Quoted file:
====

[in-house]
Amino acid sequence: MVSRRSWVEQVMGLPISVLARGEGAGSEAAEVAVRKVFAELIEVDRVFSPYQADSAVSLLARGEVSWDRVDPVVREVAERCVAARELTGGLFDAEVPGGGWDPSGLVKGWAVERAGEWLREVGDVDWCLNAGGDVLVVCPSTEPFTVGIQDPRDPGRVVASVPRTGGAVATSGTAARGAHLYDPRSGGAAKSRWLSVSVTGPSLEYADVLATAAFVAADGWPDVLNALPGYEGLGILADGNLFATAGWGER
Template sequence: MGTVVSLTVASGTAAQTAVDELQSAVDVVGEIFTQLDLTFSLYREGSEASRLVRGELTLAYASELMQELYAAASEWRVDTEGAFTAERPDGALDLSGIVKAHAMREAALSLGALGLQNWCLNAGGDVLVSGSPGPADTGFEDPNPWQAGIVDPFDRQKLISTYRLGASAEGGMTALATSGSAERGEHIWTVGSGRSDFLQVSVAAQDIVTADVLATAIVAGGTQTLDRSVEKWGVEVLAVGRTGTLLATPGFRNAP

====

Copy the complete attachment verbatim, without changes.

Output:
[in-house]
Amino acid sequence: MVSRRSWVEQVMGLPISVLARGEGAGSEAAEVAVRKVFAELIEVDRVFSPYQADSAVSLLARGEVSWDRVDPVVREVAERCVAARELTGGLFDAEVPGGGWDPSGLVKGWAVERAGEWLREVGDVDWCLNAGGDVLVVCPSTEPFTVGIQDPRDPGRVVASVPRTGGAVATSGTAARGAHLYDPRSGGAAKSRWLSVSVTGPSLEYADVLATAAFVAADGWPDVLNALPGYEGLGILADGNLFATAGWGER
Template sequence: MGTVVSLTVASGTAAQTAVDELQSAVDVVGEIFTQLDLTFSLYREGSEASRLVRGELTLAYASELMQELYAAASEWRVDTEGAFTAERPDGALDLSGIVKAHAMREAALSLGALGLQNWCLNAGGDVLVSGSPGPADTGFEDPNPWQAGIVDPFDRQKLISTYRLGASAEGGMTALATSGSAERGEHIWTVGSGRSDFLQVSVAAQDIVTADVLATAIVAGGTQTLDRSVEKWGVEVLAVGRTGTLLATPGFRNAP